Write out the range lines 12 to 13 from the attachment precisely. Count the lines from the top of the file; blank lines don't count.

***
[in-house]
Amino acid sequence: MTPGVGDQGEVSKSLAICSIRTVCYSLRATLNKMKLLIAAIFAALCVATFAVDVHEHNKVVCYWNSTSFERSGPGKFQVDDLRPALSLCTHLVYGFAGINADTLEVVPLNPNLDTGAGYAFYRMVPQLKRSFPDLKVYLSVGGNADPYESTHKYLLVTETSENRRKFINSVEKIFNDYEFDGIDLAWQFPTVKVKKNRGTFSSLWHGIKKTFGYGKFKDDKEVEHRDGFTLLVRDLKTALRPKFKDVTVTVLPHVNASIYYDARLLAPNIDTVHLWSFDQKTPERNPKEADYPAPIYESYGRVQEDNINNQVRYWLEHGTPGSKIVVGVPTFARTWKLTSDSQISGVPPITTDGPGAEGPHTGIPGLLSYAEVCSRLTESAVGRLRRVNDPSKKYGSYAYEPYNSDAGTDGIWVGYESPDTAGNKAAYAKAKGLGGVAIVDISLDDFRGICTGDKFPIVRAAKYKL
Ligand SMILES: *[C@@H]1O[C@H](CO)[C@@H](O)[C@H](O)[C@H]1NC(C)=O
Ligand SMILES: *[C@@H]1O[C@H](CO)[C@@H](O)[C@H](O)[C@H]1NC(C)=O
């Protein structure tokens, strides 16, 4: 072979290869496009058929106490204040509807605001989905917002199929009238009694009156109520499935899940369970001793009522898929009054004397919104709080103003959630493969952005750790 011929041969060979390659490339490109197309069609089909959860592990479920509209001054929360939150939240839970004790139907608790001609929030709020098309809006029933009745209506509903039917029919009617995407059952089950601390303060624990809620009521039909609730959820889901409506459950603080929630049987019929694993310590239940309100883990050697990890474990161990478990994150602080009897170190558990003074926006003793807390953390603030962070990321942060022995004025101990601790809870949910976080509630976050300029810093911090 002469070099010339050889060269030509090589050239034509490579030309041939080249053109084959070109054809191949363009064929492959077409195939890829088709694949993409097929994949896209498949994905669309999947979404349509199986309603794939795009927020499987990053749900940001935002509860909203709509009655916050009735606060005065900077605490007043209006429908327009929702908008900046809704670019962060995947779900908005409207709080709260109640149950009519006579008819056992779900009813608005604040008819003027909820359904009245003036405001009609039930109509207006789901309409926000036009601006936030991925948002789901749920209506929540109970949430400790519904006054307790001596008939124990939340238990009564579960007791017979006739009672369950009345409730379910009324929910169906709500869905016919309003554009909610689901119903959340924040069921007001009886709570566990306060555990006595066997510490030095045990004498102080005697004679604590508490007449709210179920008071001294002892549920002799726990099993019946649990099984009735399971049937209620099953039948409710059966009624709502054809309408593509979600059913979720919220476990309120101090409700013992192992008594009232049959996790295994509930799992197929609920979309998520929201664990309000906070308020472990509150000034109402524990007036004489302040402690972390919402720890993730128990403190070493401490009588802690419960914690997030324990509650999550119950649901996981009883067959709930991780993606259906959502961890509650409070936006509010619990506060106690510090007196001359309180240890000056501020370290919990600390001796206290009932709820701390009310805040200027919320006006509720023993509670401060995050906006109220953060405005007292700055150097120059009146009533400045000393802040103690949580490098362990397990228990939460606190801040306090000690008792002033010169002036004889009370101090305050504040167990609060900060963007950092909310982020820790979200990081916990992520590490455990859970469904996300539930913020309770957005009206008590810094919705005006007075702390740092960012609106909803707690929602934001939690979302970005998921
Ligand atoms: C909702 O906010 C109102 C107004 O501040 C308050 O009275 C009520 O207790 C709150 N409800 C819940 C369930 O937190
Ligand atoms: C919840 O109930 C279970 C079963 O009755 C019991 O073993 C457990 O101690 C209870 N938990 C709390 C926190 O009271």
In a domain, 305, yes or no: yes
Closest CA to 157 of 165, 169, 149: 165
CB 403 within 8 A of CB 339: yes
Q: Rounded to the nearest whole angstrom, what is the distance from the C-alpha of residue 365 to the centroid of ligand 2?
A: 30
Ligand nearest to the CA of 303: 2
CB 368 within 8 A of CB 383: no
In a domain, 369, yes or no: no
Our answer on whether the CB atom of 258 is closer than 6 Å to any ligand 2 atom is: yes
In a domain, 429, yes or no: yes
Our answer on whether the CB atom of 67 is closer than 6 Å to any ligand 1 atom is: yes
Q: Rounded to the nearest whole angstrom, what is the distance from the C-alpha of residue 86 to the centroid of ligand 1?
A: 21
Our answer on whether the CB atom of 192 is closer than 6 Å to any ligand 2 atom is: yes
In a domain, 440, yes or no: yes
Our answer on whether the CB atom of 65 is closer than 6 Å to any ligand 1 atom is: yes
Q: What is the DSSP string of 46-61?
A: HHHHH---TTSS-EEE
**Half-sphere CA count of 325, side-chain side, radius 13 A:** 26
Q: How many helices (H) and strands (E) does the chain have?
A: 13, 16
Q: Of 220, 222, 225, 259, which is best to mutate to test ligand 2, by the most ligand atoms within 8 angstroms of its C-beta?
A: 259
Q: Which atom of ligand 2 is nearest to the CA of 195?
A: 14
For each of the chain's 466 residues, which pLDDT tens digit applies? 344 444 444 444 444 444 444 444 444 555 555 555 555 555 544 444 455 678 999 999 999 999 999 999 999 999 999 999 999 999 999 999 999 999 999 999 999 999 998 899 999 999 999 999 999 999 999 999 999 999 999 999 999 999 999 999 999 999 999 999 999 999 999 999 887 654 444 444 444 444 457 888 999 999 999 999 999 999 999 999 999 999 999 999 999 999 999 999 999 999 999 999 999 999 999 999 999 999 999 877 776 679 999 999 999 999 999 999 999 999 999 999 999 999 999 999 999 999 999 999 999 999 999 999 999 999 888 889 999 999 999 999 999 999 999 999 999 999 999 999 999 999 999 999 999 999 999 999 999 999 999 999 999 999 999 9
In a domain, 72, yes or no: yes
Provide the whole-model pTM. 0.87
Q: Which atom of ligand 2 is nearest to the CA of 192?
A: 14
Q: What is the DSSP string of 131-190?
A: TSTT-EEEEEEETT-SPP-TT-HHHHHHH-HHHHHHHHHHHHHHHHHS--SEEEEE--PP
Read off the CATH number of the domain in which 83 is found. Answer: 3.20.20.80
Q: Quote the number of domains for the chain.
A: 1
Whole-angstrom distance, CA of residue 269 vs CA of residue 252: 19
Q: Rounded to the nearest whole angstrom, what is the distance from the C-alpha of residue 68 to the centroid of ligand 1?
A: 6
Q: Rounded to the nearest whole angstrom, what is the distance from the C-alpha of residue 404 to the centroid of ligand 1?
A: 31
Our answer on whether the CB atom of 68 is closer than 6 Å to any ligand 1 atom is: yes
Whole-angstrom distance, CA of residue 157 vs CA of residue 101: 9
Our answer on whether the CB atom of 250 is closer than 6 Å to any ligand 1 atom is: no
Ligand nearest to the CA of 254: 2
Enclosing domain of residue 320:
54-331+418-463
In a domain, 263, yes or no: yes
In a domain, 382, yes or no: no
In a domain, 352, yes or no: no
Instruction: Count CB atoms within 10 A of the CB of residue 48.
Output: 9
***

A: 30
Ligand nearest to the CA of 303: 2